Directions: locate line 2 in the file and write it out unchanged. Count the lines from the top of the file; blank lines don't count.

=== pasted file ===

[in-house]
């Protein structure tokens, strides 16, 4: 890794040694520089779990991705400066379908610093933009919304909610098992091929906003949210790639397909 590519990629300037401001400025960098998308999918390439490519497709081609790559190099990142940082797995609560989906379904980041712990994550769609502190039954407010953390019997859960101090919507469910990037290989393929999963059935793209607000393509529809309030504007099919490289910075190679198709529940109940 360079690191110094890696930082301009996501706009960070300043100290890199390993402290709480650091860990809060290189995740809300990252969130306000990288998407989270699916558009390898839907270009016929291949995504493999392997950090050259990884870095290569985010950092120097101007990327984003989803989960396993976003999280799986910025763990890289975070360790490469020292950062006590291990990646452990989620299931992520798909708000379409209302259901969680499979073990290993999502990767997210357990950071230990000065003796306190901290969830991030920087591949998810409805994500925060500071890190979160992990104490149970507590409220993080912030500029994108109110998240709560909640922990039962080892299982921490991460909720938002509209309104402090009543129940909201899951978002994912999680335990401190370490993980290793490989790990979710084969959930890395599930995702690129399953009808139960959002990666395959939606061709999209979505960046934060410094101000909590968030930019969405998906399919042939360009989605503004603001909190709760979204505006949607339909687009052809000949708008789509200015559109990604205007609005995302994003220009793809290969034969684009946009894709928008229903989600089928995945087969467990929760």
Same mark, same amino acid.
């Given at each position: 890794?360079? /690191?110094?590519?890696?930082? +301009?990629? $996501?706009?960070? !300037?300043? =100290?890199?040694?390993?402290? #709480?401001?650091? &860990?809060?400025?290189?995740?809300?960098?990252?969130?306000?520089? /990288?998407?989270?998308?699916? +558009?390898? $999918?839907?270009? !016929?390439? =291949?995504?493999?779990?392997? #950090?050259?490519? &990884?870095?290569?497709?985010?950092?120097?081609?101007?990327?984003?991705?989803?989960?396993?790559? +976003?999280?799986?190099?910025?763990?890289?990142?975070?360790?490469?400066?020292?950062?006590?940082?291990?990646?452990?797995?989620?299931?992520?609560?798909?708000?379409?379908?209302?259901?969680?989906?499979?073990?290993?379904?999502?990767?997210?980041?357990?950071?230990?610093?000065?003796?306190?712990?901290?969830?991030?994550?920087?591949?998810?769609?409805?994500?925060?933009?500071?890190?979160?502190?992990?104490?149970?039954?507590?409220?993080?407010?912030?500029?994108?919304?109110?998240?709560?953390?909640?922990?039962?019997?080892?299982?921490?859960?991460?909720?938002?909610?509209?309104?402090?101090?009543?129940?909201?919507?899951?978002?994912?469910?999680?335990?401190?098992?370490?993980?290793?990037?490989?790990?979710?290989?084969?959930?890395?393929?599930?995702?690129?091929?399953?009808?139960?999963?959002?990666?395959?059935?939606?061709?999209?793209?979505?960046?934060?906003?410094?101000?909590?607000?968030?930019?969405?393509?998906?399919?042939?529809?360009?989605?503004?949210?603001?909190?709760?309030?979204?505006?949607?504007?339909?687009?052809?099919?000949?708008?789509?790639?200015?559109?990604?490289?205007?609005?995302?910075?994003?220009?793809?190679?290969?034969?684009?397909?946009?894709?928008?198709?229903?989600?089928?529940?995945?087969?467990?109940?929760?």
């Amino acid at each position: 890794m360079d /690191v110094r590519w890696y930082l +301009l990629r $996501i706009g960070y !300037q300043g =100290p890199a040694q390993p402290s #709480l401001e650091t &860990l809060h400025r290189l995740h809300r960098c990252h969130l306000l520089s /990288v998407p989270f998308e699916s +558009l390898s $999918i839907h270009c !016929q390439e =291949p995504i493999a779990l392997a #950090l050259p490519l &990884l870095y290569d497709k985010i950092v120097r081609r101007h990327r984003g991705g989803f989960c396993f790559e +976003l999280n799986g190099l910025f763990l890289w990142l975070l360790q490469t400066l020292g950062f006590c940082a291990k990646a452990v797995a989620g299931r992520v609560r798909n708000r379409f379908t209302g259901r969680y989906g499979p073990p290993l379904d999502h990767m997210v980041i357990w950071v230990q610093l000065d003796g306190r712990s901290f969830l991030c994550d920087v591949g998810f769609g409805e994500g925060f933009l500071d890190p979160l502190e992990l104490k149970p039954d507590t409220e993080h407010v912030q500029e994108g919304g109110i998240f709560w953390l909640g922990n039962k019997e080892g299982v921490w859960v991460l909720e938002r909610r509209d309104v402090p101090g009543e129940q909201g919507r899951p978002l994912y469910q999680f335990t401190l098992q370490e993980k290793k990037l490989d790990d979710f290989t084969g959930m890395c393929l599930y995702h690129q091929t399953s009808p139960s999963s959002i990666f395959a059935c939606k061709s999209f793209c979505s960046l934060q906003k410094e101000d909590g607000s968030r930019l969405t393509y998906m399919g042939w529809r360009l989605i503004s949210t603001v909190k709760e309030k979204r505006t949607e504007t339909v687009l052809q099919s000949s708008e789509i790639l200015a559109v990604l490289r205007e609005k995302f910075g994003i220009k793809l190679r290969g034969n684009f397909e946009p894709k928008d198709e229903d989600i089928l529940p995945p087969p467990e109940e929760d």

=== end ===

């Protein structure tokens, strides 16, 4: 890794040694520089779990991705400066379908610093933009919304909610098992091929906003949210790639397909 590519990629300037401001400025960098998308999918390439490519497709081609790559190099990142940082797995609560989906379904980041712990994550769609502190039954407010953390019997859960101090919507469910990037290989393929999963059935793209607000393509529809309030504007099919490289910075190679198709529940109940 360079690191110094890696930082301009996501706009960070300043100290890199390993402290709480650091860990809060290189995740809300990252969130306000990288998407989270699916558009390898839907270009016929291949995504493999392997950090050259990884870095290569985010950092120097101007990327984003989803989960396993976003999280799986910025763990890289975070360790490469020292950062006590291990990646452990989620299931992520798909708000379409209302259901969680499979073990290993999502990767997210357990950071230990000065003796306190901290969830991030920087591949998810409805994500925060500071890190979160992990104490149970507590409220993080912030500029994108109110998240709560909640922990039962080892299982921490991460909720938002509209309104402090009543129940909201899951978002994912999680335990401190370490993980290793490989790990979710084969959930890395599930995702690129399953009808139960959002990666395959939606061709999209979505960046934060410094101000909590968030930019969405998906399919042939360009989605503004603001909190709760979204505006949607339909687009052809000949708008789509200015559109990604205007609005995302994003220009793809290969034969684009946009894709928008229903989600089928995945087969467990929760």